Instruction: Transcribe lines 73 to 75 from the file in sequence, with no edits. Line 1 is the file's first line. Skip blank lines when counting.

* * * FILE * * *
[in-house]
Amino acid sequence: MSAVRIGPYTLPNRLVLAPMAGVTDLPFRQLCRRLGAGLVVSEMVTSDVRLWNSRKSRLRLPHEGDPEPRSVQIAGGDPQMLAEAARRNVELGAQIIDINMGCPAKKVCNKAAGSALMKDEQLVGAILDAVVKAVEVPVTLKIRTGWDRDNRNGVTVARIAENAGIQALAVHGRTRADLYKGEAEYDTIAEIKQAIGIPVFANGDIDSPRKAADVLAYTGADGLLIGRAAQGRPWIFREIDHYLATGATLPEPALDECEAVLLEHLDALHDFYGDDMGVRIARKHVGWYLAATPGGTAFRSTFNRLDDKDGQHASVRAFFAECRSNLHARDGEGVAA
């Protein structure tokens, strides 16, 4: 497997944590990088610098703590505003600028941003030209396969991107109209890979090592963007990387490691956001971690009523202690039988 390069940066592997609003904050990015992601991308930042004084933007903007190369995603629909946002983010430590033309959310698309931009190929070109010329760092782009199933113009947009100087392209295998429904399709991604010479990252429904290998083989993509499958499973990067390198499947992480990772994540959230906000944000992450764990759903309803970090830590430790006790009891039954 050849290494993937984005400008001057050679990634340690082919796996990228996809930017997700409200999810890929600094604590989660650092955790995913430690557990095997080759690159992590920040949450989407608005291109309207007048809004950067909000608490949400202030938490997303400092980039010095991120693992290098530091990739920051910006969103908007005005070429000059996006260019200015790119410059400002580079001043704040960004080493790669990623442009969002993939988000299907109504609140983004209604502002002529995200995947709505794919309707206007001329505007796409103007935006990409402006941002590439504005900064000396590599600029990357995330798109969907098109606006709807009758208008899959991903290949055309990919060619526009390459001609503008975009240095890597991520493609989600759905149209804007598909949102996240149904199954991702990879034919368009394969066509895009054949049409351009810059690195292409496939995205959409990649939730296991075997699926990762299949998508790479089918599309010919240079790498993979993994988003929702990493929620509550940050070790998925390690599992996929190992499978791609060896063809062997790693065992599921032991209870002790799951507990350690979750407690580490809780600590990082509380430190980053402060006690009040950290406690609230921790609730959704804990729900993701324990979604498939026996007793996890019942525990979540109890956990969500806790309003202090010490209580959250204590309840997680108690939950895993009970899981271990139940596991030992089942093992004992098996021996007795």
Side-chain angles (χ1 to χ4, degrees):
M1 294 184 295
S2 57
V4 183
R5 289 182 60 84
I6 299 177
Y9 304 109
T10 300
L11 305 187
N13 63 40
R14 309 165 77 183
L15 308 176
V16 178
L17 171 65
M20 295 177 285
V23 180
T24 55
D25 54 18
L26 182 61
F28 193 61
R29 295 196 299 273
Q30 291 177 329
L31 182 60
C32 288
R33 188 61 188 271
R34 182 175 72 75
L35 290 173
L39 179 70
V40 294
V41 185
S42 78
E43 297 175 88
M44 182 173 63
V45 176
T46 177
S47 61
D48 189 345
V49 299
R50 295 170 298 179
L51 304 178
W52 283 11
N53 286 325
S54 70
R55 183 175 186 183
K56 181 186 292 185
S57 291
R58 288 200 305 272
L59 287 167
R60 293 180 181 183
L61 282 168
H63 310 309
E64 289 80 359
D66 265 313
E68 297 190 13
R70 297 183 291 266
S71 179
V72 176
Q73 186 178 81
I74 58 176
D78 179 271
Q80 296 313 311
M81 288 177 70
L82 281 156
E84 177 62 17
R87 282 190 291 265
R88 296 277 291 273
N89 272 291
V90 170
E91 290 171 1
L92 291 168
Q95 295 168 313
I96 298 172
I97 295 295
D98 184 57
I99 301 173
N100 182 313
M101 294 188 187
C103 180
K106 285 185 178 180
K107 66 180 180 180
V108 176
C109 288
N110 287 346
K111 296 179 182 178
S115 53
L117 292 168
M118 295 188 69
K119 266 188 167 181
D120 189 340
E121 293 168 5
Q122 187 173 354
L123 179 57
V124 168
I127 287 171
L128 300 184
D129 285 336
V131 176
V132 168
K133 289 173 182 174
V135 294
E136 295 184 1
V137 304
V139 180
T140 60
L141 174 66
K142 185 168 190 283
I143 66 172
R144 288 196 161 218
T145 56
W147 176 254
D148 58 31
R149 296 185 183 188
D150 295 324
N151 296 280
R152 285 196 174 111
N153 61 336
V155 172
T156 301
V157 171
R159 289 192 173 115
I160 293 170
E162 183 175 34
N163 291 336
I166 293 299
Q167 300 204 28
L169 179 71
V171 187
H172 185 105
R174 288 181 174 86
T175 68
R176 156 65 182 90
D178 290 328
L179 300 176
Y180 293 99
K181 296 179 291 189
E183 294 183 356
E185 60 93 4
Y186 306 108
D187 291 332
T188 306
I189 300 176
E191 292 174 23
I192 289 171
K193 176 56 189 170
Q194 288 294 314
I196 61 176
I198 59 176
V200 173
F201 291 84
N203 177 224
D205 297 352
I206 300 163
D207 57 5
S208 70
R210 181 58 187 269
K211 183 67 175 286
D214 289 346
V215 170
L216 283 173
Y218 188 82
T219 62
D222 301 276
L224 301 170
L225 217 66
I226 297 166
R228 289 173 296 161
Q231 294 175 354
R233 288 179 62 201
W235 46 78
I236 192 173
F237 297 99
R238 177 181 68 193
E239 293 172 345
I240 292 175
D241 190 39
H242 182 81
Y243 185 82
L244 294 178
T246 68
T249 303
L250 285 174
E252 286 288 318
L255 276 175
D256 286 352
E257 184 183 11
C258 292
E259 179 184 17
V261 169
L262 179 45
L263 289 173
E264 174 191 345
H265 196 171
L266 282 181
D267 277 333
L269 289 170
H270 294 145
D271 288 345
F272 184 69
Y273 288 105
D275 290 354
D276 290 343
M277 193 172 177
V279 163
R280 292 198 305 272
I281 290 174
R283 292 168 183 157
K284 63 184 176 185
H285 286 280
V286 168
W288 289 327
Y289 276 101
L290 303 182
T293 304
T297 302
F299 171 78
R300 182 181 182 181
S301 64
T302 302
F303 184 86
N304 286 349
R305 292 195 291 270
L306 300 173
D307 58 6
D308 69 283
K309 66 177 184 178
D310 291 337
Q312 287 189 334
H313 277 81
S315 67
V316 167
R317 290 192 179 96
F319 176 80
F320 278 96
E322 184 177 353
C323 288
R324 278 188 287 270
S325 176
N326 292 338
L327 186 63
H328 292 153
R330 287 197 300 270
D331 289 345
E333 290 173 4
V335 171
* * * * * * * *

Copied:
L92 291 168
Q95 295 168 313
I96 298 172